PICTURE the scene. Dusk is setting in, the air is beginning to chill and as time-poor commuters rush by on their way home, the resource-rich display of fruit and veg outside the corner store is being taken in for the night by the local shopkeeper. Next door, the newsagent is shutting up shop and is heading for the hairdresser after another 12-hour day, which began at dawn, organising the papers to be delivered to front doors throughout the local community.
The hairdresser has expanded, with a training facility and is open longer hours to cope with demand and the harsh, bright light which would normally be bursting through their huge floor-to-ceiling front window is softened by the condensation, which betrays the temperature difference, outside and in.
The pharmacy on the other side of the road has also extended its opening hours, offering an increasingly wide variety of services, which is taking the load off the GPs’ clinic that has itself been over-stretched by the ageing national demographic.
As the staff finish cleaning up at the local café, ensuring they have all the necessary supplies to turn out tomorrow’s lunches, snacks and that essential of modern living, quality coffee, the chip shop owner fires up the deep fat fryers, watching over the school student staff behind his counter. These mid-to-late teens learn a lot in this simple transactional business, earning their first wages, while also having that priceless asset of an employment culture embedded in their psyche.
A little way along the road, the staff of the Chinese takeaway and those of the neighbouring Indian restaurant arrive at the end of their respective daily routes to an evening of serving mostly grateful, but occasionally drunk and aggressive, members of the local community. Next door, the local Asian shopkeeper, with his mini-market store still open, fights for survival against the purchasing and pricing power of the recently opened superstore, situated in the adjoining settlement.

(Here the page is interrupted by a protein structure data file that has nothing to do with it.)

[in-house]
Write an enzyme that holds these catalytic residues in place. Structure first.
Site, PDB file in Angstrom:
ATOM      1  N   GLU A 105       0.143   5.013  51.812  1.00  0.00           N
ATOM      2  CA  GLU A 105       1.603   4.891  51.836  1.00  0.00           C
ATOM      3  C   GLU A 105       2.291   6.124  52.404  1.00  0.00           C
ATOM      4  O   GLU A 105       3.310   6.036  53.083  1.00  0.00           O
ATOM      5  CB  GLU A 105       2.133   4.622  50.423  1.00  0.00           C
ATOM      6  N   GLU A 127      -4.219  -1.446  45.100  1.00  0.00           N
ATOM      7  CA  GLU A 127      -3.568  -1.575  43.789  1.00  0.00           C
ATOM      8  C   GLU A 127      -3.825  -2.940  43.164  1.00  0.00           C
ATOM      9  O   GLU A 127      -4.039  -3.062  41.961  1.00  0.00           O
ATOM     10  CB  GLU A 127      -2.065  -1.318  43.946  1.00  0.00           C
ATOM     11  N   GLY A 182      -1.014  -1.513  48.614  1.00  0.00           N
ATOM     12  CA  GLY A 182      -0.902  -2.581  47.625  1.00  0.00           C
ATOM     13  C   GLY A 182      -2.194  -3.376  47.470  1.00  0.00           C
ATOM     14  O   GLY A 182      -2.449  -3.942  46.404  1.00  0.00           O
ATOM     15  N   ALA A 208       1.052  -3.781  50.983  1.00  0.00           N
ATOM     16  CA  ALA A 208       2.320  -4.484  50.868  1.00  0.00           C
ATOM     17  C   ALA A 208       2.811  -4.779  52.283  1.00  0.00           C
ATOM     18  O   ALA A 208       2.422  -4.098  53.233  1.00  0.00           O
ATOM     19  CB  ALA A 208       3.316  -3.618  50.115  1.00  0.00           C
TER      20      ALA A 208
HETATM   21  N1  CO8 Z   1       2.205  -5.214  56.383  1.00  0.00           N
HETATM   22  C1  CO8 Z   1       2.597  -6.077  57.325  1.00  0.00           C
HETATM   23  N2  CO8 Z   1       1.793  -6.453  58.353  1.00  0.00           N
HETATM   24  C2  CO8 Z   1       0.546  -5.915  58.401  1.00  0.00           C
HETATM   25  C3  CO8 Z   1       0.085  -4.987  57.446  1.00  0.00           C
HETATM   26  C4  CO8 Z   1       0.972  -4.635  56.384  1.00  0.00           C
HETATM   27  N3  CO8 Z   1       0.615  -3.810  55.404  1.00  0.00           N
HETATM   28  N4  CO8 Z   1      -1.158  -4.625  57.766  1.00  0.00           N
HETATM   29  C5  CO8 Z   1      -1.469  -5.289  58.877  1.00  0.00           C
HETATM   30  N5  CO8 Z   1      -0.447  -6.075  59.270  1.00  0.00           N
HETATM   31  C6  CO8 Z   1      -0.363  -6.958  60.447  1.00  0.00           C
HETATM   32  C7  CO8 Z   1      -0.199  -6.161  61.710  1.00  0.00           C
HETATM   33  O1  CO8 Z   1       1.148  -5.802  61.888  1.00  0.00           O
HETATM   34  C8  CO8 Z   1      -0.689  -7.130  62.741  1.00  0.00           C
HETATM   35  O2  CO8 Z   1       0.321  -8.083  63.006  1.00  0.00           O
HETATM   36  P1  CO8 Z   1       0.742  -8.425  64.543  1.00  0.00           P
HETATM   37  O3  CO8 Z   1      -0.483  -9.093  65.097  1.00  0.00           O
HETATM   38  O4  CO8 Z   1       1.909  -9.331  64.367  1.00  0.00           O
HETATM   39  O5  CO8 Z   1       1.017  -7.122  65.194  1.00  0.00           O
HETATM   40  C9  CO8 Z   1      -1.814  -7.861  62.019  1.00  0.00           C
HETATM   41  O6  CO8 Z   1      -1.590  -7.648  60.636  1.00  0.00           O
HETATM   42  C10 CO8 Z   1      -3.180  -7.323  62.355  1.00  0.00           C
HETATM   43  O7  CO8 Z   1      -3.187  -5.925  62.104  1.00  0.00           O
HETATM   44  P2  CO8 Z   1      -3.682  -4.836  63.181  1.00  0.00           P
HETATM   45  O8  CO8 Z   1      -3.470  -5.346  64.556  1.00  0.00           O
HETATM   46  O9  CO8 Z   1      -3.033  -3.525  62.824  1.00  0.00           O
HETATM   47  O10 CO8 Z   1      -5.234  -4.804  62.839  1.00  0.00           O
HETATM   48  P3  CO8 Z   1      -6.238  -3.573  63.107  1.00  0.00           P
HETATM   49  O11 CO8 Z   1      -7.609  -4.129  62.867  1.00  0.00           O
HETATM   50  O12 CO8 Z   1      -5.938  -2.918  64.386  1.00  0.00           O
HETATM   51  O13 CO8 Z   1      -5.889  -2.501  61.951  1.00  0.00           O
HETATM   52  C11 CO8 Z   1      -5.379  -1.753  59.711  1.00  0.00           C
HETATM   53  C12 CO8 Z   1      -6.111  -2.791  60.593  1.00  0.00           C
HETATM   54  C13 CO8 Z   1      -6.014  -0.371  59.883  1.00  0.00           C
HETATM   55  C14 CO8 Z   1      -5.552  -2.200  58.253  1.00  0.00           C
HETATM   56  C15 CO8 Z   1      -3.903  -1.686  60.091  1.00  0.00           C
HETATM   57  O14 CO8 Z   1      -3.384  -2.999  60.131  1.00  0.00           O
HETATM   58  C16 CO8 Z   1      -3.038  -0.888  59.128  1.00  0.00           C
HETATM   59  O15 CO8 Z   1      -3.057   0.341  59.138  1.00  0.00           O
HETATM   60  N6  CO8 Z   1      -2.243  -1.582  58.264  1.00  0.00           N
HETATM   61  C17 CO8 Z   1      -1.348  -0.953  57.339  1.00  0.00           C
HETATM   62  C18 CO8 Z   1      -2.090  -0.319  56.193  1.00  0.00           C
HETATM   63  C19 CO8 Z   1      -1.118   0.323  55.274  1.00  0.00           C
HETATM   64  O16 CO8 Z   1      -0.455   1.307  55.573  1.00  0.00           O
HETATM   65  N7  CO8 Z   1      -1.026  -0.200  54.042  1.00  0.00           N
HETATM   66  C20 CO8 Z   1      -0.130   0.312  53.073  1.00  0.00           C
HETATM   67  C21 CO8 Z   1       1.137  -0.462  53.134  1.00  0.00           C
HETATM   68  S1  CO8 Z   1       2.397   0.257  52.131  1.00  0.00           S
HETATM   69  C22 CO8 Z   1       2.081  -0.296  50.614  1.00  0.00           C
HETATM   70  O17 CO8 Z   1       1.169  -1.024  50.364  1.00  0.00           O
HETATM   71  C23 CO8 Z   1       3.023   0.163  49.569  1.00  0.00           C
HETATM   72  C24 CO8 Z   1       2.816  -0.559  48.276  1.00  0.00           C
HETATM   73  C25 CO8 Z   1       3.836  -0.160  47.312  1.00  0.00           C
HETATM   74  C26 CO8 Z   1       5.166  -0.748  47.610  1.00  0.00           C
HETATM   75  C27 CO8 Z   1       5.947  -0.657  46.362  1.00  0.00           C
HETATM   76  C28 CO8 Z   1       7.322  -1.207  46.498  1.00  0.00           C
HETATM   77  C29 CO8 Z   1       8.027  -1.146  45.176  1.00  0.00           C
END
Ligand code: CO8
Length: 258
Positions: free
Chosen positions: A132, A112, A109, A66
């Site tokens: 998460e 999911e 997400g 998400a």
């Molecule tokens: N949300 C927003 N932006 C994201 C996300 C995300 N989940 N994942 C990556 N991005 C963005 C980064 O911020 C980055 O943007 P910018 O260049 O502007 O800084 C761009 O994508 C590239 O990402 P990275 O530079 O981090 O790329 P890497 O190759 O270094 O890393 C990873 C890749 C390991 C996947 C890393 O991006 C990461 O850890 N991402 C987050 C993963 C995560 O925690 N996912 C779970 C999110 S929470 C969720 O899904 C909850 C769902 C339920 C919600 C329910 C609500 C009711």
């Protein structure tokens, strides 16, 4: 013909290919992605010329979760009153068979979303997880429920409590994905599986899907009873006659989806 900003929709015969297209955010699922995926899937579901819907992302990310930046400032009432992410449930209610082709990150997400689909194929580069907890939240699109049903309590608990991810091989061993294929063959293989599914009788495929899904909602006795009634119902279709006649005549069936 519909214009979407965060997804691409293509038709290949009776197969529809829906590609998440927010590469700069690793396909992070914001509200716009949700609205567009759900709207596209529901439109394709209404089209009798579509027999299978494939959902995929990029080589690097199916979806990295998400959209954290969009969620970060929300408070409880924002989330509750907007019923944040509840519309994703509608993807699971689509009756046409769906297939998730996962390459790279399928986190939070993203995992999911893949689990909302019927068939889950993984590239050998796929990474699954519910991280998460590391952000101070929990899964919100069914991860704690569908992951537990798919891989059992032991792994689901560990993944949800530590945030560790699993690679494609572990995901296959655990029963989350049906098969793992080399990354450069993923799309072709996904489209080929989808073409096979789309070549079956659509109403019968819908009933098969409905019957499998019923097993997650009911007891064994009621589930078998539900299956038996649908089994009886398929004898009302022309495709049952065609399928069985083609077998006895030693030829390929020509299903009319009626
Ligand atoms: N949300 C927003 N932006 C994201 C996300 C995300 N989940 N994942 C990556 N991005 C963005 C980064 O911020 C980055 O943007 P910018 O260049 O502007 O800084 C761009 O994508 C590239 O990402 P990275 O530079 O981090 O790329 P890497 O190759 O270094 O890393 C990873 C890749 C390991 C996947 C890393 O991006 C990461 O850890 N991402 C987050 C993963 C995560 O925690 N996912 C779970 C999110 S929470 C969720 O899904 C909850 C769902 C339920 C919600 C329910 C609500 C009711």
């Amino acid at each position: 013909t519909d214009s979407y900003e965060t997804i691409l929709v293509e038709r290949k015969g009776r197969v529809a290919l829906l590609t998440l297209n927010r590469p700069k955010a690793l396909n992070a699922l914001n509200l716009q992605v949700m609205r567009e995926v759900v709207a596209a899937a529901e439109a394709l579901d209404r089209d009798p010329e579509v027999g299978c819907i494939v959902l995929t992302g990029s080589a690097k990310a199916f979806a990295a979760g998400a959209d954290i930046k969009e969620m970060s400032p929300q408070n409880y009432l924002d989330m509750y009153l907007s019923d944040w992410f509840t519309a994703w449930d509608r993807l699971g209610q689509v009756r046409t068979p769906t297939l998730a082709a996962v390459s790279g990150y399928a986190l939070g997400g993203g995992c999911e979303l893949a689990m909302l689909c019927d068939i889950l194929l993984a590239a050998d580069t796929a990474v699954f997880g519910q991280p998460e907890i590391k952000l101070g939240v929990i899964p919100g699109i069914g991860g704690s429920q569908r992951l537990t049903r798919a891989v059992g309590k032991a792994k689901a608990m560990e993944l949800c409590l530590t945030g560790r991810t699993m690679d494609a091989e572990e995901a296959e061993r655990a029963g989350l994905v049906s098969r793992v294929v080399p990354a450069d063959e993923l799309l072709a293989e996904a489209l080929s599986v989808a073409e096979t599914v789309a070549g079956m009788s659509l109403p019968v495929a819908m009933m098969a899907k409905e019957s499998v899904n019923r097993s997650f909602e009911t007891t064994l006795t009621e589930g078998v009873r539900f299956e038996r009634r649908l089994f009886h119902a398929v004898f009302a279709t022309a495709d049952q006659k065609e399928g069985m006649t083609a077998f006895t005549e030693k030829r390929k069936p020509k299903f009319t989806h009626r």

At the rail station, as the 17:30 from the city pulls in, 50 or 60 commuters prepare to alight, the majority of whom head quietly, individually, alone for their cars in the free parking provided by the local council. A few take the dozen or so steps across the car park access road making for the local pub to enjoy a well-earned glass or two with acquaintances they’ve made in that welcoming, warm convivial environment.
On a Friday, this pub is the hub for different sections of society throughout the evening, starting with the tradesmen who finish at 4pm, followed by the suits from the city between 5pm and 6pm and then the volume cranks up as the 20-somethings arrive for their pre-town drinks, getting in some dancing practice as well.
This vibrant, energetic and friendly mix represents large parts of the community, with a few locals of a more mature vintage taking up their usual positions on the bar stools, dispensing wise cracks and sage advice in equal measure.
This isn’t “Anytown”, although it could be. This is my town, a place called Larbert, or to all of us who live here, this is the place we call “home”. It is these actions, these interactions, the relationships and transactions, both economic and social, that bind our community together. This place and its importance in our lives cannot be underestimated; we neglect it at our individual and collective peril. Allow our towns and villages, our cities and their centres to decay and fragment and society itself will pay a heavy price.
The characters in my story are real people, living real lives. This international mix of race, religion, colour, creed and orientation is representative of any town in Scotland. The individuals who live, work and play here are as varied and interesting as the place itself, living out their own life stories, day by day, scene by scene.